|Industry||On partial |
|Off sick or |
due to coronavirus
with statutory or
|Made redundant||Working at |
place of work
|Working remotely |
instead of at their
normal place of work
Download this table Table 3: BICS Wave 18 data shows that construction industry respondents continue to have a lower proportion of their workforce on furlough than the all industry average, with a greater proportion working at their normal place of work.xls .csv
ONS Vacancy Survey - Construction
While the construction industry was one of the sectors to see a large quarterly fall in vacancies at the start of the pandemic in April to June 2020 (down 71.7%), it has recovered well. It is one of only three sectors (UK SIC 2007 Section D -- electricity, gas steam and air conditioning supply and Section L -- real estate activities being the other industries) with an estimated annual increase in vacancies in September to November 2020. This increase has meant vacancies have returned to a pre-pandemic level.
Figure 7 illustrates the sharp fall in weekly vacancies that were advertised in April and May 2020 in the construction industry. However since then the number of vacancies being advertised are growing at a faster rate compared with the overall economy and has returned to its pre-pandemic level.
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Construction output grew by 12.4% (£4,544 million) in the three months to November 2020 compared with the previous three-month period because of increases in every sector, as shown in Figure 8.
This is the third consecutive period in the three-month on three-month series where every sector has seen growth, though growth has generally slowed.
New work grew by 11.9% (£2,740 million) in the three months to November 2020 because of increases in all new work sectors. The largest contributor by far to the increase in output in the three months to November 2020 was private new housing work, which grew by 21.4% (£1,587 million).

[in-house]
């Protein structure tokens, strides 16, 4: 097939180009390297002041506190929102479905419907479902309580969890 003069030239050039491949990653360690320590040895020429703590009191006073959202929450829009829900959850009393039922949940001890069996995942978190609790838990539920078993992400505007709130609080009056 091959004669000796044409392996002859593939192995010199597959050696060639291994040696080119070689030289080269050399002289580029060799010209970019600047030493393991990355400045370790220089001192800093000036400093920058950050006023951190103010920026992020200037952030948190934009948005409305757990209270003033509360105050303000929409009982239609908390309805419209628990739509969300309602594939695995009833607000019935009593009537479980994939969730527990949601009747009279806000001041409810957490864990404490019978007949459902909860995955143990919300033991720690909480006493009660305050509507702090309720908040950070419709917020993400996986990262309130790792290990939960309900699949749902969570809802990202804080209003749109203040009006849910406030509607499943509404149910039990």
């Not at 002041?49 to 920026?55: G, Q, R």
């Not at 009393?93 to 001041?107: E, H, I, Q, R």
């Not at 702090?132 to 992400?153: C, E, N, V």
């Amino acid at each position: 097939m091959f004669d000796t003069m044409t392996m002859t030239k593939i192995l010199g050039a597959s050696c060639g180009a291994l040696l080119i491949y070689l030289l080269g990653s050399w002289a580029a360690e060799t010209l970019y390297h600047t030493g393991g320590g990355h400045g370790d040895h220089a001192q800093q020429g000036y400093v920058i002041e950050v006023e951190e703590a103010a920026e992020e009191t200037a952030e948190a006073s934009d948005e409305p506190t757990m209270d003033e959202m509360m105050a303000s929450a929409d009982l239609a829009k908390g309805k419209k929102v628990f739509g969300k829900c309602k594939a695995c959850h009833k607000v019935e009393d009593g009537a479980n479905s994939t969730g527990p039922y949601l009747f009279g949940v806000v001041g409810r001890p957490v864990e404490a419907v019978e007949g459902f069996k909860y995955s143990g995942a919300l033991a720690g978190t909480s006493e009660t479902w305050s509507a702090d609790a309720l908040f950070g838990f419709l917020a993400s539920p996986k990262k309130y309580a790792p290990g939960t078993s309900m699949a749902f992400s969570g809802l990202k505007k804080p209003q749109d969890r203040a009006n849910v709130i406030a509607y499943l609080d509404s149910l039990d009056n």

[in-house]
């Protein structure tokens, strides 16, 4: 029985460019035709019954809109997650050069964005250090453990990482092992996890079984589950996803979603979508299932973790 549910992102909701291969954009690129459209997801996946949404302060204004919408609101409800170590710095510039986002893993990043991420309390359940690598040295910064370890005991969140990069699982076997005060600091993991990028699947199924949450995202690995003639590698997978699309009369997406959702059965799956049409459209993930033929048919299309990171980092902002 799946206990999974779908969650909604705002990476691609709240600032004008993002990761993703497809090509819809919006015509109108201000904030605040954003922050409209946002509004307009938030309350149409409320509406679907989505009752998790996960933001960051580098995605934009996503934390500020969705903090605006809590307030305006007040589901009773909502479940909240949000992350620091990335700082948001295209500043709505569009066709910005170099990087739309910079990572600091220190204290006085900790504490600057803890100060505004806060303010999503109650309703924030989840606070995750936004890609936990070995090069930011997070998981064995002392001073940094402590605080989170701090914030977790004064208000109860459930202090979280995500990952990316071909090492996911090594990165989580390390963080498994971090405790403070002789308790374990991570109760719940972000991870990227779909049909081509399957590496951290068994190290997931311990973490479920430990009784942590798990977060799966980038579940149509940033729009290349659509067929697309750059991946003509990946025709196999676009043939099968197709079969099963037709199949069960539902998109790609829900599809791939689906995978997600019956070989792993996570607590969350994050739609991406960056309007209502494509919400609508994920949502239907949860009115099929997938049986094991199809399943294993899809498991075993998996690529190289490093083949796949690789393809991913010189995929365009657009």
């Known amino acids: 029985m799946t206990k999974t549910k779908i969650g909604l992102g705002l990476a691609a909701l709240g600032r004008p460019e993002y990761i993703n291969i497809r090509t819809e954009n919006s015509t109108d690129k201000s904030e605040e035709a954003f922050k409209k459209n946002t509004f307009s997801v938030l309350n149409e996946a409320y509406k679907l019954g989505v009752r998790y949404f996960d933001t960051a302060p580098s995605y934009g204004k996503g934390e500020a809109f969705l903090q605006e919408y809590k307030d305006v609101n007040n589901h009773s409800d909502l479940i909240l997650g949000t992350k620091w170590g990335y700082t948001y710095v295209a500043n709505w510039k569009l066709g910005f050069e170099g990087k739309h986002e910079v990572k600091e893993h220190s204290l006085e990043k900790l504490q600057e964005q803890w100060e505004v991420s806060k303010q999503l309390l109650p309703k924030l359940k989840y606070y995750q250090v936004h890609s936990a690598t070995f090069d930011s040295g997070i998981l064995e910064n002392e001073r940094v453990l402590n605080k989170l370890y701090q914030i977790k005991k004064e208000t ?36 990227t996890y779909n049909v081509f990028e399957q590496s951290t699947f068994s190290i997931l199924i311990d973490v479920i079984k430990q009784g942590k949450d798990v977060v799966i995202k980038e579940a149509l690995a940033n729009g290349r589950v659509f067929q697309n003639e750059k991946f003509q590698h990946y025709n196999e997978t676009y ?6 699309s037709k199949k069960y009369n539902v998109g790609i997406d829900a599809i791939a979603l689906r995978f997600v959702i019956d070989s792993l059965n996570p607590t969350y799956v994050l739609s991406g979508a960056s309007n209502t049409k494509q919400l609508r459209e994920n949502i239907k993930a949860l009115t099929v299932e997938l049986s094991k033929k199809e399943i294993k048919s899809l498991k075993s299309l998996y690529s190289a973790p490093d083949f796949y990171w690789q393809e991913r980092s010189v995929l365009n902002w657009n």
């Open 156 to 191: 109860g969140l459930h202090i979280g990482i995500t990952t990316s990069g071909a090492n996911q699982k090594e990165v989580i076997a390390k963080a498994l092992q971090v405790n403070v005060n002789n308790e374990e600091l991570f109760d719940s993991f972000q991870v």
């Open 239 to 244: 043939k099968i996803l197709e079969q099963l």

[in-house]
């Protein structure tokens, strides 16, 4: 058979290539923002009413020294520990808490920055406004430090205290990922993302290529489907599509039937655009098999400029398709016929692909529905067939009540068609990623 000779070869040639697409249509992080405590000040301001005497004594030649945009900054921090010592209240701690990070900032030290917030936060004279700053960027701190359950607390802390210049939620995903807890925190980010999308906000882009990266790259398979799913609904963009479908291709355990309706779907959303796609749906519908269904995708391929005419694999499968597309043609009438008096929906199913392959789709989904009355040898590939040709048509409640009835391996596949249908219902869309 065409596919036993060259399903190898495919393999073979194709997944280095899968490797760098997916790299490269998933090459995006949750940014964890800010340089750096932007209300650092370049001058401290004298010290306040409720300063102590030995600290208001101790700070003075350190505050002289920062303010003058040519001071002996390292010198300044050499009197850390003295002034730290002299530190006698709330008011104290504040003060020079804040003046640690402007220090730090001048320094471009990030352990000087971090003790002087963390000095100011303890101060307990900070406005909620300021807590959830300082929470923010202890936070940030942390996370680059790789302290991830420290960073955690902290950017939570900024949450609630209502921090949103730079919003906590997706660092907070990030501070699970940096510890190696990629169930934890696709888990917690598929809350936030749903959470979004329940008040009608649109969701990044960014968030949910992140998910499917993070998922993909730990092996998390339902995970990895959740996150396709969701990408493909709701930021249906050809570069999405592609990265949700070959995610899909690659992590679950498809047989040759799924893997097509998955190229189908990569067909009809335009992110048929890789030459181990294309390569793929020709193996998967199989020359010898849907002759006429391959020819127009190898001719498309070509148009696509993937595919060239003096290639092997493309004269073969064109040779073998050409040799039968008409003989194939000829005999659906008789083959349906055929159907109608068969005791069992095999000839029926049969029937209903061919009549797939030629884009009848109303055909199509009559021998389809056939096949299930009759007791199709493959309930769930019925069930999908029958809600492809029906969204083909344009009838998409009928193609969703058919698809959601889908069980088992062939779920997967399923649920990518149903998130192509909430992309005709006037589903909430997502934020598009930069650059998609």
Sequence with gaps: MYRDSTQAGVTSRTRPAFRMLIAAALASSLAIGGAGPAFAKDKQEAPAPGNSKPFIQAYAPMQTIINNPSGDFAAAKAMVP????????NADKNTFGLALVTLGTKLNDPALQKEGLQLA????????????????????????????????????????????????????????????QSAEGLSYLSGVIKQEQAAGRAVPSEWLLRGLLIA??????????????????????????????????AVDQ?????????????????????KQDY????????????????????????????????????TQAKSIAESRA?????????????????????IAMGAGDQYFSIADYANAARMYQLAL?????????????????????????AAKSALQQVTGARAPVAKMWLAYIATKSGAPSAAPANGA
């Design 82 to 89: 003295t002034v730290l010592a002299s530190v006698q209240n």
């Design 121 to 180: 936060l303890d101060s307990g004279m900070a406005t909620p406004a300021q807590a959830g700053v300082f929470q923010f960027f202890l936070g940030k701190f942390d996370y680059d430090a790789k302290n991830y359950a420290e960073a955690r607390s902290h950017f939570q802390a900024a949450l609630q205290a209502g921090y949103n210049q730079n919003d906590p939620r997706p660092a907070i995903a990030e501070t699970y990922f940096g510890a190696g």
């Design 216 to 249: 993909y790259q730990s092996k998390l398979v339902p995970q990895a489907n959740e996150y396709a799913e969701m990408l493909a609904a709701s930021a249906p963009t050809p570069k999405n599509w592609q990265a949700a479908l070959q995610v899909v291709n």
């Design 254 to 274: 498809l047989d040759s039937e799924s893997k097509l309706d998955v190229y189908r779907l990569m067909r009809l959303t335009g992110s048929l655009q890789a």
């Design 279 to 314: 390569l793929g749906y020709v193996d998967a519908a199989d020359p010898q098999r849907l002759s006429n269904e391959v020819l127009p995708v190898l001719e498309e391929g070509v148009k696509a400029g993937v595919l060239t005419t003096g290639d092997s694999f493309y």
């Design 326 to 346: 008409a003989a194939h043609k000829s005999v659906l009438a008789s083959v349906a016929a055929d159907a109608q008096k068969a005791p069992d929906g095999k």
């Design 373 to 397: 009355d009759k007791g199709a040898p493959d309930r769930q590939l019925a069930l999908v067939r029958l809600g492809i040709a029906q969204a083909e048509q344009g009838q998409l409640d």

Repair and maintenance grew by 13.2% (£1,802 million) in the three months to November 2020, driven by growth in all repair and maintenance sectors. Private housing repair and maintenance was the largest contributor to this increase, growing by 13.4% (£683 million), followed by non-housing repair and maintenance, which grew by 9.0% (£637 million).
Figure 9 shows the contribution from private housing new work and private housing repair and maintenance work, compared with all other construction sectors combined. Total private housing work drove the decline and subsequent growth in all work in the three-month on three-month series, contributing to half of the growth in the three months to November 2020.
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This is the first monthly release to incorporate the revisions made in the GDP quarterly national accounts, UK: July to September 2020 release, published on 22 December 2020. As a result, revisions have been made back to January 2019.
Revisions to quarterly construction output growth can be found in Table 4. The most notable revision can be seen in Quarter 2 (Apr to June) 2020, where Value Added Tax (VAT) turnover data is used to replace survey data for those industries where selected leading to a larger than usual upward revision of 3.0 percentage points.
(10 December 2020)
(15 January 2021)
Download this table Table 4: Quarter 2 (Apr to June) 2020 sees a large revision due to taking on VAT data for the first time for the quarter.xls .csv
In addition to the revisions to construction output first published within the GDP quarterly national accounts, UK: July to September 2020 release on 22 December 2020 , this publication also includes revisions to October 2020 data first published in Construction output in Great Britain: October 2020 release on 10 December 2020.
The monthly growth for construction output, all work, chained volume measure, seasonally adjusted series for October 2020 is revised up 0.5 percentage points from 1.0% to 1.5%. This is mainly because of late survey returns replacing imputed values (which, in turn has affected those businesses who are still imputed for because of non-response).
Details of why revisions can be seen across the whole period are available in the Measuring the data section.Back to table of contents
Output in the construction industry
Dataset | Released 15 January 2021
Monthly construction output for Great Britain at current price and chained volume measures, seasonally adjusted by public and private sector.
Output in the construction industry: sub-national and sub-sector
Dataset | Released 12 November 2020
Quarterly non-seasonally adjusted sub-national and sub-sector data at current prices, Great Britain (suspended -- see Section 8: Measuring the data for further information).
Construction output price indices